year is the bicentenary of the birth of master novelist
Charles Dickens, so no wonder much has been published that
has focused on the author and his writing.
It is a joy to open a biography of the great man that is
fairly compact, easy to read, entertaining and certainly
The latest book appears to be authoritative and is
passionately imaginative. The main facts of Dickens' life, as
known today, seem to be all there with quotes from the man
himself. It is also gives an impressive interpretation of
Dickens as a "theatrical" prose writer (as identified by
another man of the theatre).
Simon Callow, author of Charles Dickens, is an actor as well
as a writer - not an academic. He has performed several
Dickens stories on stage and portrayed Dickens in a recent
play by Peter Ackroyd (as well as once in TV's Doctor Who).
He claims not only to have written about Charles Dickens but
also to have "been 'im".
He writes with a warm and exuberant empathy between author
and his famous subject.
In the Ackroyd play Callow brought 49 of Dickens' best-loved
characters to life in a one-man performance, echoing the
recitals that Dickens himself once gave. Callow had to
re-create such characters as Nicholas Nickleby, David
Copperfield, Miss Havisham and Pip, Mr Pickwick, Scrooge and
Tiny Tim, Oliver Twist, the Artful Dodger, Fagin, Bill Sykes
Through the chronological biography Callow emphasises how
Dickens' love for the world of theatre grew from his early
years to strongly influence his life and work. Dickens'
experience as a highly praised but always amateur actor is
seen as at the heart of his writing.
Callow points out that the novelist learned a "streaky bacon"
technique of alternating comic and tragic scenes from the
dramaturgy of his day. And Dickens was a keen and prodigious
stage manager and producer of amateur dramatics, so
"literature was his wife, the theatre his mistress".
Dickens' love of theatre later moved into the desired,
face-to-face relationship with his public, achieved literally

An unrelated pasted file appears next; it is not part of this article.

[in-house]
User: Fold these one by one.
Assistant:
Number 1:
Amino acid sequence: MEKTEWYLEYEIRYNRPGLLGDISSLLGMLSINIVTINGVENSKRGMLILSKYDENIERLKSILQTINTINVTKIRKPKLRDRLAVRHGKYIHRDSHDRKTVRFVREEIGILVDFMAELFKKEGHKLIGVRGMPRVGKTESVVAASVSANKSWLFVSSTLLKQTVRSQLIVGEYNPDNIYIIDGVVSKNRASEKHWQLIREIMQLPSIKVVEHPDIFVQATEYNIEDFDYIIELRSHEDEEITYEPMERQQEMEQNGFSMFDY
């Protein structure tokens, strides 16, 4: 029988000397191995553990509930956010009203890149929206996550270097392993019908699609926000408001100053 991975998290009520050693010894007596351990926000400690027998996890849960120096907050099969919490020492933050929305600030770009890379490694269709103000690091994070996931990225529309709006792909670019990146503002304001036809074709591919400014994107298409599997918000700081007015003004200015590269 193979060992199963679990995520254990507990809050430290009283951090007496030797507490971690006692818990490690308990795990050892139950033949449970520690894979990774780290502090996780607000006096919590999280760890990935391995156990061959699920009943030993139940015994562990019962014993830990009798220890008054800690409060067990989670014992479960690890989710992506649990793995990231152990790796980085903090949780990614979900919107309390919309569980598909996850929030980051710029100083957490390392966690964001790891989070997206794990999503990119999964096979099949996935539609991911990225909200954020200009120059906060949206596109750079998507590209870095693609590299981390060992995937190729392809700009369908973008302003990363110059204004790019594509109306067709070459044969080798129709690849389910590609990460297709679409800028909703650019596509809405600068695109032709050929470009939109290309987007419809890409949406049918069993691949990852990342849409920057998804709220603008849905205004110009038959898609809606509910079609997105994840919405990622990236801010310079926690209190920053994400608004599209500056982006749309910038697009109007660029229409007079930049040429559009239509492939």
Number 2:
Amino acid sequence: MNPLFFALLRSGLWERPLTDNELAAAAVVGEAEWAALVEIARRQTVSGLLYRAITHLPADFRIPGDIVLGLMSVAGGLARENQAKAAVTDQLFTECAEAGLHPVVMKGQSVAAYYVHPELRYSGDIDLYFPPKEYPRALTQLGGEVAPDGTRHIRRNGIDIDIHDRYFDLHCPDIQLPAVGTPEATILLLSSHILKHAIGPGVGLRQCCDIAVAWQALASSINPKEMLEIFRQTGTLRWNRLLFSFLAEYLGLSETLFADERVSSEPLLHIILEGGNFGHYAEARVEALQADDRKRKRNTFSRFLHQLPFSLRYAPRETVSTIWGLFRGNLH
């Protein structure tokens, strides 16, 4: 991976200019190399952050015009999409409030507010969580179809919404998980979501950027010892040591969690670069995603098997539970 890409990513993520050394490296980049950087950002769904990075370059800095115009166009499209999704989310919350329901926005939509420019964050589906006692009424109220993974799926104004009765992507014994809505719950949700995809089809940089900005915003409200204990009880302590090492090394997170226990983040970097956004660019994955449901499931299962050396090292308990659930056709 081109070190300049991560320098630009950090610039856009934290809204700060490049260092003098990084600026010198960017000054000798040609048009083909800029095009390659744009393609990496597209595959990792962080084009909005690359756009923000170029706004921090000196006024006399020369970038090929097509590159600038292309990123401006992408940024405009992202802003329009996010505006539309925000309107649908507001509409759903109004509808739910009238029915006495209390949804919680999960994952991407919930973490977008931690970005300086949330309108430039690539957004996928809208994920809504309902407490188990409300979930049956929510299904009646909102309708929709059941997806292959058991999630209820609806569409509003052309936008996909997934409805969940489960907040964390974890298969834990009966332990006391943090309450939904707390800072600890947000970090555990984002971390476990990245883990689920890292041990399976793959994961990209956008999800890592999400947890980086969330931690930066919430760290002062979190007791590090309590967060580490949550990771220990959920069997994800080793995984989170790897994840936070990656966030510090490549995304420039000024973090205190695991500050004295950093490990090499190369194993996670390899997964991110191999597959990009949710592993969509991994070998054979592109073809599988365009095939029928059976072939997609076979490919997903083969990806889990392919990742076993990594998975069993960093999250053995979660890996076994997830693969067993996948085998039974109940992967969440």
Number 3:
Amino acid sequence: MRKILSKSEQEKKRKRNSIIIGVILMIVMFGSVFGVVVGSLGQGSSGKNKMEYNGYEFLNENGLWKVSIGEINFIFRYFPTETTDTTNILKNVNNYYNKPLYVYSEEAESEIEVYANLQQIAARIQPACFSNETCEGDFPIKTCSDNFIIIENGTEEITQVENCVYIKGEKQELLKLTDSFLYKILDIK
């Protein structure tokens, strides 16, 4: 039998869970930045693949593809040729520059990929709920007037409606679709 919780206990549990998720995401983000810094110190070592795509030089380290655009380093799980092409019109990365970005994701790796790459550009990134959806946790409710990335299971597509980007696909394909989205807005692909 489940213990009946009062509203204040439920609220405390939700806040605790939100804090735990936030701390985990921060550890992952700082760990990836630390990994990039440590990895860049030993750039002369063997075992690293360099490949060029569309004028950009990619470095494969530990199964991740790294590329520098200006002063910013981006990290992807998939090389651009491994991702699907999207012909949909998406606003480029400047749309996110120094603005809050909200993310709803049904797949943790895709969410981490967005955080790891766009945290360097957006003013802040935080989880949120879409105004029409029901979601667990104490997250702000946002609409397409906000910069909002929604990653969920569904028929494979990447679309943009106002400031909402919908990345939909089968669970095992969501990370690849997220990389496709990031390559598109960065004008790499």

with tours of his public readings in Britain and the United
States - like a pop star of today. It had also developed his
The novelist had a natural power of "reproducing in my own
person what I observed in others" as an actor's skill.
He could imitate people and their talk.
While writing an invented character's speech for a novel,
Dickens frequently leapt up to check his own expression in a
mirror. Callow maintains that Dickens the actor was inherent
in Dickens' characters.
The dark side of the psychodrama of Dickens' life is also
well sketched: that dreadful year in the shoe polish factory
that roused his social anger, his schooling (Oliver Twist),
the premature death of an adored sister-in-law, Mary Hogarth,
that probably led him to idolise women in fiction but
mistreat his real-life wife (as a husband he was by no means
admirable and he issued public statements berating his former
partner as a failed spouse).
This book is not meant to be a critique of the novels
themselves. But Callow is a jubilant Dickens fan. His hero
worship began when a grandmother gave him a copy of The
Pickwick Papers (Dickens's first book) to aid his recovery
from a childhood bout of chickenpox: "From the moment I
started reading I never itched again."
He has since read almost everything Dickens wrote, including
12 volumes of his letters. He sees Dickens as: "one of the
most remarkable men ever to walk the earth; vivacious,
charismatic, compassionate, dark, dazzling, generous,
destructive, profound, sentimental".
• Geoff Adams is a former ODT editor.